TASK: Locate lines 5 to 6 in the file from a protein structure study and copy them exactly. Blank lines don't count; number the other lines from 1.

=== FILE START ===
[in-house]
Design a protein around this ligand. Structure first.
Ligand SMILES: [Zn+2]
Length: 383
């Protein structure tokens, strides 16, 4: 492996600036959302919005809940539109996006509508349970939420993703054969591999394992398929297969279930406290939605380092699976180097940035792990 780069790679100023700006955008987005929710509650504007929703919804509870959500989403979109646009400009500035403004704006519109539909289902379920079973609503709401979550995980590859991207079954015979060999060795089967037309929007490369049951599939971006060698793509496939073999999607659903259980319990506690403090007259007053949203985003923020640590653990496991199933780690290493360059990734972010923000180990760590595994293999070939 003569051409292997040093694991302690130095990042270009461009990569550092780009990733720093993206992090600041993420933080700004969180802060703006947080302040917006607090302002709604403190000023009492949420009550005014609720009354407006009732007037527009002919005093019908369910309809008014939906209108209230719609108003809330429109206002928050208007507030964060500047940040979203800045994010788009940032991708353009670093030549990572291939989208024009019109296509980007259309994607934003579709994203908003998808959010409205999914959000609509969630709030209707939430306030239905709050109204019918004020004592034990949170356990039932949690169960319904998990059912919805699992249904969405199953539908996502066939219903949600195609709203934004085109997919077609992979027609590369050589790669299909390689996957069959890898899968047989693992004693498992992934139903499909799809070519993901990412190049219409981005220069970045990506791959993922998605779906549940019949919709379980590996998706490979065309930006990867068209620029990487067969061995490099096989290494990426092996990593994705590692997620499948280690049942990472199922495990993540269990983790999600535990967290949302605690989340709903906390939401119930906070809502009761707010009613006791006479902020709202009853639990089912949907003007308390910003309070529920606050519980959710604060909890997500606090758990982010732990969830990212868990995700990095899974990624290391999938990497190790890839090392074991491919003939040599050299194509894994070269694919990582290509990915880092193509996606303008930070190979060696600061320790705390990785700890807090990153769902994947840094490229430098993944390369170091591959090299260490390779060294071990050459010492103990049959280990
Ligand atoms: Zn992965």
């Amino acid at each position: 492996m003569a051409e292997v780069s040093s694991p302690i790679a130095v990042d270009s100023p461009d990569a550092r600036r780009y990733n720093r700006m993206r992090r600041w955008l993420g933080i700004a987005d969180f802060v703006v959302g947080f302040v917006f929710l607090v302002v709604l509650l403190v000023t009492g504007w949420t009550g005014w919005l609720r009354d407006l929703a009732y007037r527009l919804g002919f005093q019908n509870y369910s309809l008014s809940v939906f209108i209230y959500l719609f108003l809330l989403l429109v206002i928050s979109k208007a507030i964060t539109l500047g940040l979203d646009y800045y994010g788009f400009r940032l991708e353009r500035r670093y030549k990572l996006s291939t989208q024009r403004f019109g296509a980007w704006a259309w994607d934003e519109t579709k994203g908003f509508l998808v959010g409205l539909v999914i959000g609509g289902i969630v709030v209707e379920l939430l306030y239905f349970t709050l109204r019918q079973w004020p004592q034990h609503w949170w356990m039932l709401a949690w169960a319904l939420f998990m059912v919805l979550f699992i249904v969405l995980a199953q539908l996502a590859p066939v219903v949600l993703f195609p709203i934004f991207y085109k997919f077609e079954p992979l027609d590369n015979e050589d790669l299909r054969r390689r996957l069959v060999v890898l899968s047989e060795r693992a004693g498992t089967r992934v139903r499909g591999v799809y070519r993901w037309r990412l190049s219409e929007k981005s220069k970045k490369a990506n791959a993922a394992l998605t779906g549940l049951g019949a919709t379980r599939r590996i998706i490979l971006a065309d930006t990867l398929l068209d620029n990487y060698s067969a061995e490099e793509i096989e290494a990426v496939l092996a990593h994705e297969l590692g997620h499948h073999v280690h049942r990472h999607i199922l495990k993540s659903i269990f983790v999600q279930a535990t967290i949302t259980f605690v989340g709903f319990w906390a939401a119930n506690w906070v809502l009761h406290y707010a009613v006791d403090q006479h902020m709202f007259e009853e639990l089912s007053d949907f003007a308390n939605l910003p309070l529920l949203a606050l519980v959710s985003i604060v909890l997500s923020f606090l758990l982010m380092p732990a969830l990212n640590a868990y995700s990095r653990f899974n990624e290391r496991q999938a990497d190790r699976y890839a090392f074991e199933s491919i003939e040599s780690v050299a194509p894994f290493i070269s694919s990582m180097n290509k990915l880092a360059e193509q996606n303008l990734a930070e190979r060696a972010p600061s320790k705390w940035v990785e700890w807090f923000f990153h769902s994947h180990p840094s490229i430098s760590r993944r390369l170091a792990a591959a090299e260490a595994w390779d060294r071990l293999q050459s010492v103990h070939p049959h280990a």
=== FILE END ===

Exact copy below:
């Protein structure tokens, strides 16, 4: 492996600036959302919005809940539109996006509508349970939420993703054969591999394992398929297969279930406290939605380092699976180097940035792990 780069790679100023700006955008987005929710509650504007929703919804509870959500989403979109646009400009500035403004704006519109539909289902379920079973609503709401979550995980590859991207079954015979060999060795089967037309929007490369049951599939971006060698793509496939073999999607659903259980319990506690403090007259007053949203985003923020640590653990496991199933780690290493360059990734972010923000180990760590595994293999070939 003569051409292997040093694991302690130095990042270009461009990569550092780009990733720093993206992090600041993420933080700004969180802060703006947080302040917006607090302002709604403190000023009492949420009550005014609720009354407006009732007037527009002919005093019908369910309809008014939906209108209230719609108003809330429109206002928050208007507030964060500047940040979203800045994010788009940032991708353009670093030549990572291939989208024009019109296509980007259309994607934003579709994203908003998808959010409205999914959000609509969630709030209707939430306030239905709050109204019918004020004592034990949170356990039932949690169960319904998990059912919805699992249904969405199953539908996502066939219903949600195609709203934004085109997919077609992979027609590369050589790669299909390689996957069959890898899968047989693992004693498992992934139903499909799809070519993901990412190049219409981005220069970045990506791959993922998605779906549940019949919709379980590996998706490979065309930006990867068209620029990487067969061995490099096989290494990426092996990593994705590692997620499948280690049942990472199922495990993540269990983790999600535990967290949302605690989340709903906390939401119930906070809502009761707010009613006791006479902020709202009853639990089912949907003007308390910003309070529920606050519980959710604060909890997500606090758990982010732990969830990212868990995700990095899974990624290391999938990497190790890839090392074991491919003939040599050299194509894994070269694919990582290509990915880092193509996606303008930070190979060696600061320790705390990785700890807090990153769902994947840094490229430098993944390369170091591959090299260490390779060294071990050459010492103990049959280990
Ligand atoms: Zn992965």